New Rules: 5 Ways the APM Game Will Change in 2014
December 19, 2013

Steven Shalita
NetScout

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Once again, we are wrapping up another whirlwind of a year in IT, and it's the time when everyone is busy sharing their resolutions and goals for the next year.

We never know how things will change, but based upon the realities of what we have experienced in 2013, I believe a number of technology and market trends will thrust APM, NPM and service delivery management into an exciting period. However you define APM, the whole performance management landscape is on the cusp of a number of important changes that will alter the game in 2014. Here are some predictions around key areas you can expect to see change:

1. “Service Delivery Manager” will become a full-time role in IT organizations

In IT's move to be more responsive to the business – and in contrast to the "it's not my problem" finger pointing of today's stifling IT operational silos – more IT organizations will carve out an entirely new IT position: Service Delivery Manager.

This role will transcend application, network and server teams, and will become a single point of responsibility, or accountability, for the orchestration, performance, availability, and quality of applications and services delivered to enterprise users. Services not meeting SLAs? The buck stops here.

Consequently, the Service Delivery Manager role will become the quarterback and the broader IT organization will focus more on cross-operational team collaboration to look at services in a more holistic way.

2. The consumerization of IT will create unprecedented user expectations

With residential broadband speeds of 100 Mbps or more becoming widely available and 4G/LTE mobile devices becoming more pervasive, companies face a user base that expects the same experience anywhere they connect – at the office, at home or on the go. Increasingly this means achieving access to the enterprise network and its applications from any device, from anywhere and at any time.

All of these user expectations will directly impact how IT organizations need to think about the application delivery infrastructure, and how application and service performance can be maximized and delivered on a consistently high-quality basis.

As a result, IT will struggle to keep up with both the business and end user expectations, and with an ever more connected world, it will be harder than ever to effectively manage application delivery.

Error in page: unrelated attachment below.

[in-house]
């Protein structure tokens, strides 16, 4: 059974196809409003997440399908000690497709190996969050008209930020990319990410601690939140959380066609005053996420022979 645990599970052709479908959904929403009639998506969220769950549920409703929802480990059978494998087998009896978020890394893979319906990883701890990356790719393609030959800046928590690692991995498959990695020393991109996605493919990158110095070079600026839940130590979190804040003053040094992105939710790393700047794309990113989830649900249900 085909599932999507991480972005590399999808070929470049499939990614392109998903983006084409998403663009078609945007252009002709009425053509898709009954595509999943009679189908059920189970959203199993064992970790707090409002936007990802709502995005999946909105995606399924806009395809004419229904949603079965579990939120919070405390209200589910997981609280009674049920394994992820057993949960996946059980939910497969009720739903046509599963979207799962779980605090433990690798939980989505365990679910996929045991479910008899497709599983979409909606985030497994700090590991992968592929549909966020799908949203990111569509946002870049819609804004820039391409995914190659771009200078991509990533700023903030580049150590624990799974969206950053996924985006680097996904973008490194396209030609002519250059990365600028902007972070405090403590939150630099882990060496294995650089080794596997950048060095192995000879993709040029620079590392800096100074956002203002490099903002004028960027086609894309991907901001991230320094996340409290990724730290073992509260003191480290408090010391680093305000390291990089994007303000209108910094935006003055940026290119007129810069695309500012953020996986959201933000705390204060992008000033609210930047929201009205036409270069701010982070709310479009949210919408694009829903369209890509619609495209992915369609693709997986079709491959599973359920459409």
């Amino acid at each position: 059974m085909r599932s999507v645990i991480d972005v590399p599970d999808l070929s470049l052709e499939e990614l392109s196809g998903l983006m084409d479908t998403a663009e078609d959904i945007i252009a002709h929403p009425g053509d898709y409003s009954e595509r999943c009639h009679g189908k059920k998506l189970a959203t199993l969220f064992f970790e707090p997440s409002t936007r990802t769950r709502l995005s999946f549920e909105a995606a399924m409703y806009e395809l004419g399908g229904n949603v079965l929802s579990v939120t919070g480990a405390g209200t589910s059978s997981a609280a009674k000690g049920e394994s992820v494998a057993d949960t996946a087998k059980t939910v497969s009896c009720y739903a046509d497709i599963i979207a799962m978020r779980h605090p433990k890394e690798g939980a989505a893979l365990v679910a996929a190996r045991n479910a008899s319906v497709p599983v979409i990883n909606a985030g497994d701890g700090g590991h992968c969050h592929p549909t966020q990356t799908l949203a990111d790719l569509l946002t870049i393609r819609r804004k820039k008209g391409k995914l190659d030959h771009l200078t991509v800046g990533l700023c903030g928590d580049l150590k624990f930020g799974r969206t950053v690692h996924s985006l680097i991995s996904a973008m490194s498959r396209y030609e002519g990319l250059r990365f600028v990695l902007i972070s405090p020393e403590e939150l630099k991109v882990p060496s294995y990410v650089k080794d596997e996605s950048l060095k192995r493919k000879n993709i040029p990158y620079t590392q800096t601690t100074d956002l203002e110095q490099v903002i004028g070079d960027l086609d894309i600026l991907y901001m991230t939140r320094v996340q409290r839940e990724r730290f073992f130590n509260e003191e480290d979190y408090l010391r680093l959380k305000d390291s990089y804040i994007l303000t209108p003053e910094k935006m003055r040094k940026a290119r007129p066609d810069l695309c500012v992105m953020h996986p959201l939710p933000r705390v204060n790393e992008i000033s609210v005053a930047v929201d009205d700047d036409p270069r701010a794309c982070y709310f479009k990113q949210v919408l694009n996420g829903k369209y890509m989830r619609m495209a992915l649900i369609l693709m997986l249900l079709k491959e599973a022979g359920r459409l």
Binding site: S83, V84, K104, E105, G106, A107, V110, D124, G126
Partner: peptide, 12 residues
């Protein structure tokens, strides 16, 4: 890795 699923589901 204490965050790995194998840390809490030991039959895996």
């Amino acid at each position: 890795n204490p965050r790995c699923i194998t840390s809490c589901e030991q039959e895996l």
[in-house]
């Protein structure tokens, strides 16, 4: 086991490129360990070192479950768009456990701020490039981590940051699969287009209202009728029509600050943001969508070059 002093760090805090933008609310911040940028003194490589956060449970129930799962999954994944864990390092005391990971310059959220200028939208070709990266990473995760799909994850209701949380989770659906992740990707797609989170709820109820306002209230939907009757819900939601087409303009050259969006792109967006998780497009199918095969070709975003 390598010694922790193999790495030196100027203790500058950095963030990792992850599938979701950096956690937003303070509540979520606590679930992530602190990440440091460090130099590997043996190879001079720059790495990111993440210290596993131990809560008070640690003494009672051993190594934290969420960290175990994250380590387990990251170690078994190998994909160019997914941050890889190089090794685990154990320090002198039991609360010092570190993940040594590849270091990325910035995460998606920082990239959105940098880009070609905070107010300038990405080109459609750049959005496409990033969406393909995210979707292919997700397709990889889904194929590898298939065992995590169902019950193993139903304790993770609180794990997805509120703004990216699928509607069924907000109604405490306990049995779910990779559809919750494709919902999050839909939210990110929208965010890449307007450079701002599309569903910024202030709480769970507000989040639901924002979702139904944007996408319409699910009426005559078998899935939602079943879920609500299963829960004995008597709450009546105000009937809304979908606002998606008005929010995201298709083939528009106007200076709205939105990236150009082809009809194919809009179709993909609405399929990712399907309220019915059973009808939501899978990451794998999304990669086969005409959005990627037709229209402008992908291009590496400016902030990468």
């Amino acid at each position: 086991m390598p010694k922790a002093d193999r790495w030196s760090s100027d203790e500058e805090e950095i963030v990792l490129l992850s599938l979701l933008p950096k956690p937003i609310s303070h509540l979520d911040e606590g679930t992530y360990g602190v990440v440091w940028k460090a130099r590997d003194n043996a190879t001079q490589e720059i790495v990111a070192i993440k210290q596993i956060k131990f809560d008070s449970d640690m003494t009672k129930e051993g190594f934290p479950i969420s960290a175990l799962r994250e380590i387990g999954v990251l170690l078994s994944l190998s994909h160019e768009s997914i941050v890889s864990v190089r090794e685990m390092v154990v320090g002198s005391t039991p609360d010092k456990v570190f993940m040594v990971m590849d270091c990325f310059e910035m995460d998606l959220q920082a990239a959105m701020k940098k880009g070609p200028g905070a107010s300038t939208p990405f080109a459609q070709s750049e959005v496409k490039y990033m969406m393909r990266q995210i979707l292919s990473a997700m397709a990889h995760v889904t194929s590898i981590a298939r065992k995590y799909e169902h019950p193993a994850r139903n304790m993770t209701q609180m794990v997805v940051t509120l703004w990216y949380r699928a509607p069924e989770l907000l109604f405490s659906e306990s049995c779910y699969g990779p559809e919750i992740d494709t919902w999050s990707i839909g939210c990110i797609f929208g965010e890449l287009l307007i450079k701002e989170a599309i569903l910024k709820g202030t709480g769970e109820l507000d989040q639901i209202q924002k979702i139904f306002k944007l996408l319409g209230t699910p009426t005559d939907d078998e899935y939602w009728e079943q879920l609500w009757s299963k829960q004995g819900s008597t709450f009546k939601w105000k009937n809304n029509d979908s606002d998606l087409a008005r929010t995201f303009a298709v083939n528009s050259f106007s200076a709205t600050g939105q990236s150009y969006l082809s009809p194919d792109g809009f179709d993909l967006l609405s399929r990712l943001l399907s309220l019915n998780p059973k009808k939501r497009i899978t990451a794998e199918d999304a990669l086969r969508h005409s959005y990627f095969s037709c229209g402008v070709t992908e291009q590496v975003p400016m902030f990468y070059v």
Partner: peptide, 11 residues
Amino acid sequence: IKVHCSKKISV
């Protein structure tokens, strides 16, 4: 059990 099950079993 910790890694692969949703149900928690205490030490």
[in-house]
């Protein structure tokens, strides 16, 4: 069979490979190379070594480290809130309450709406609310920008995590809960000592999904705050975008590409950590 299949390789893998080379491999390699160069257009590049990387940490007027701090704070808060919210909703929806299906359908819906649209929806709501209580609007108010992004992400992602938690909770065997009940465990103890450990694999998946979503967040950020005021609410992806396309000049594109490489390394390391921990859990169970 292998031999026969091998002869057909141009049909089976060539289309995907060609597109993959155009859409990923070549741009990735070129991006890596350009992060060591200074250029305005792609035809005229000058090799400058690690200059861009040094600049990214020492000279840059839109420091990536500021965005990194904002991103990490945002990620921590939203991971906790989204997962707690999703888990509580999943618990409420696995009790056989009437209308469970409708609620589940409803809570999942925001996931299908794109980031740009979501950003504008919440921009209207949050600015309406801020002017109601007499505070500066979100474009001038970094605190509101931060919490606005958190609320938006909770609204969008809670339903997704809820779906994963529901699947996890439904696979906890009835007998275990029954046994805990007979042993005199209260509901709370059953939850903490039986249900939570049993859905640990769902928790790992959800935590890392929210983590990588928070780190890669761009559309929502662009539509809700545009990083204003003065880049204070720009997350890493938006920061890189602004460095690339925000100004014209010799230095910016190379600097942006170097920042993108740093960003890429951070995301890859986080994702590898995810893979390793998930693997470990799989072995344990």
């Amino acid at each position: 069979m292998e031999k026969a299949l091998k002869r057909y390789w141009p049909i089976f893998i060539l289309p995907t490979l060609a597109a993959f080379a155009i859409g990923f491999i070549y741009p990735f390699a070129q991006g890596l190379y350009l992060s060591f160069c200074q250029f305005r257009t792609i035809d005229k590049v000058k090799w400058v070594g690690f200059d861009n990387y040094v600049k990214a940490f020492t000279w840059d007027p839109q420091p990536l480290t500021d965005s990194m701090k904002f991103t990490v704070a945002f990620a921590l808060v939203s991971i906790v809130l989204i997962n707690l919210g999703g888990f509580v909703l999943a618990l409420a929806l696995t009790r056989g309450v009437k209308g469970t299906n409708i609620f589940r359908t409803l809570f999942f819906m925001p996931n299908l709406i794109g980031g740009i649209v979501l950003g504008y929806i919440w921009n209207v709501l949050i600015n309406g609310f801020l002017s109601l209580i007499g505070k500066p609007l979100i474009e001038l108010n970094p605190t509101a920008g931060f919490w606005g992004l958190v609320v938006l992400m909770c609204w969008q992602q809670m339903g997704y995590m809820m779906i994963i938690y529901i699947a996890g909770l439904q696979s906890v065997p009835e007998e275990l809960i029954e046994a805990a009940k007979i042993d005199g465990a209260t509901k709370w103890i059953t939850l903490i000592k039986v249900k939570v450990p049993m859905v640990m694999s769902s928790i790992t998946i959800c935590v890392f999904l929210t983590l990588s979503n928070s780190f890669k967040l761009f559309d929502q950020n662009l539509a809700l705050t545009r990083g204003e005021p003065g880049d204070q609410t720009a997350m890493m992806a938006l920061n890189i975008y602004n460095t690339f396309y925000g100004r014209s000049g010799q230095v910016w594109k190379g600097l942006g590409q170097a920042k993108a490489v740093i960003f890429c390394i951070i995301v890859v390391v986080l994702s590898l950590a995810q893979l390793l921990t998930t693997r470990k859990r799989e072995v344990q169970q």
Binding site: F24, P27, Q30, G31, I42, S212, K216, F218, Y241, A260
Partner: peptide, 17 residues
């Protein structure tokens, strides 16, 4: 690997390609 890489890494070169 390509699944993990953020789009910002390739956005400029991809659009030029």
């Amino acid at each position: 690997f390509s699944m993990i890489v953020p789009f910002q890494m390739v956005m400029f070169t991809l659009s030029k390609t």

3. “As-a-Service” complexity will continue to grow

As organizations increasingly shift to hosted and managed applications, from platform-as-a-service development environments to "swipe & go" software-as-a-service, the service delivery environment will continue to virtualize. Applications, network, services, storage and other previously independent, on-premise elements will be distributed across private, public and hybrid clouds. This will add an incremental layer of complexity for IT organizations in managing application service delivery, quality and performance across a virtualized and geographically distributed infrastructure.

4. The rise of networks 2.0 will bring significant change

In 2014, we will continue to see IT organizations implementing optimization technologies and more virtualization to change the way applications are delivered over modern IP networks. While SDN and NFV technologies will still be in an emerging stage, application implementation strategies will start to see significant transformation as networks increasingly flatten and become more intelligent, and application-aware through software-controlled approaches.

Read Steven Shalita's related prediction in APMdigest's list: 14 APM Predictions for 2014

5. In the age of performance networking, service delivery assurance will become a necessity

As organizations come face-to-face with the challenges listed above (and many others), companies must make performance management and assuring service delivery a high priority to keep data flowing uninterrupted and maintain operational continuity.

To meet this challenge, IT organizations must not only take into consideration the network and applications, but also the notion of the service delivery environment and the true user experience. Focusing on components of the service delivery architecture will prove to be less effective and will result in little to no improvement in user satisfaction levels. Consequently, service-centric visibility across the entire service domain will be essential, and making the right investments in assuring the delivery of services will pay huge dividends in uptime, productivity and cost-efficiency.

As operational cost sensitivities continue to be the norm, the IT organization must move beyond a siloed operational model – bringing together people, processes and technologies to address the common challenge of improving the service delivery chain in a unified way.

We are in such an exciting time, and in such a dynamic industry. Some things change quickly, and others take seemingly forever, so it will be interesting to see how 2014 plays out.

Steven Shalita is Vice President, Marketing for NetScout Systems, Inc.

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